Family members were escorted throughout Arlington Cemetery by military liaison, known as casualty officers. They could choose to travel from the chapel to the gravesite by limousine or to walk behind the casket on a wagon drawn by six horses.
About half of the attendees walked the mile between the two sites. Once they reached the site, family members were escorted to green upholstered chairs around the casket. As they were being seated, four U.S. Army helicopters performed a flyover.
The service differed from a standard military burial because of the number of deceased.
Flags presented to spouses and parents of the deceased were pre-folded.
Each flag was carried to the casket, where a serviceman bent at the waist, and touched the center corner to the casket for a few seconds before proceeding to the family member.
Donna Harmon clutched her flag to her chest for several minutes after it was presented.
She said family members received the commemorative boxes Thursday night at a private service at a Washington-area funeral home.
After the flag presentation, U.S. military brass approached and spoke with each family member.
Among those taking part were Secretary of Army Pete Geren; Major General Richard J. Rowe Jr., who is commander of Joint Force Headquarters National Capital Region and the U.S. Army Military District of Washington; and Brigadier General Mick Bednarek, Deputy Commanding General, Operations, for 25th Infantry Division.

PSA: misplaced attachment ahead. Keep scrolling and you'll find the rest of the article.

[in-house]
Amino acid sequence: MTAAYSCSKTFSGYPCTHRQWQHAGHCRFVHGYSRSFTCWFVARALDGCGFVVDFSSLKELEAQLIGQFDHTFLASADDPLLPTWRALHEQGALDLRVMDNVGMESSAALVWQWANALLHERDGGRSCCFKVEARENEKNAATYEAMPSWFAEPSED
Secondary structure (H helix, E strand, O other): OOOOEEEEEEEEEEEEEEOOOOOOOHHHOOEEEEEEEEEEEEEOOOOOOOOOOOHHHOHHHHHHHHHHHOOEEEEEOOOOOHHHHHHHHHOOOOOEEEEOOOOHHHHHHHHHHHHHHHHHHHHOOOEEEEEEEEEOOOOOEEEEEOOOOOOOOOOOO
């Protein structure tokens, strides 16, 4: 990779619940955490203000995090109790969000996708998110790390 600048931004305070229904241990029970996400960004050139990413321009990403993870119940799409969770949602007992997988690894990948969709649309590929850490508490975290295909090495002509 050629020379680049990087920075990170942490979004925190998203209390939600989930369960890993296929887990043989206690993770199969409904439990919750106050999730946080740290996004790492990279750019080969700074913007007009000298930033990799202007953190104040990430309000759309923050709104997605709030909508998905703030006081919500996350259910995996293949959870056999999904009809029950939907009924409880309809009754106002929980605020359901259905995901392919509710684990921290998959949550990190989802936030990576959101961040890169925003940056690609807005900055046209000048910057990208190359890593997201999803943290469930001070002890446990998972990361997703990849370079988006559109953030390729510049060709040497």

After the ceremony, several family members, including Donna and Kristen Harmon, Joshua’s wife, took roses from a display near the casket and placed them atop.
The Harmons also mimicked a ceremony that took
place August 22, 2008, the anniversary of Joshua’s death, in Mentor Cemetery,
releasing butterflies that then flew over the casket.
A long walk provides time to reflect
Saturday, October 25, 2008
Courtesy of The (Ohio) News Herald
It was poor planning.
But, looking back, I wouldn’t have planned it any other way.
When I arrived at Old Post Chapel on the grounds of Arlington National Cemetery to cover the burial service for 14 U.S. Army soldiers who died in August 2007 in Iraq, I was worried about taking notes and talking to a grieving family.
I never considered how I’d get from the chapel to the burial site.
I immediately dispatched any thoughts of asking the family of late Corporal Joshua S. Harmon of Mentor-on-the-Lake for a ride in their limousine.
I’m lazy, but not quite that lazy.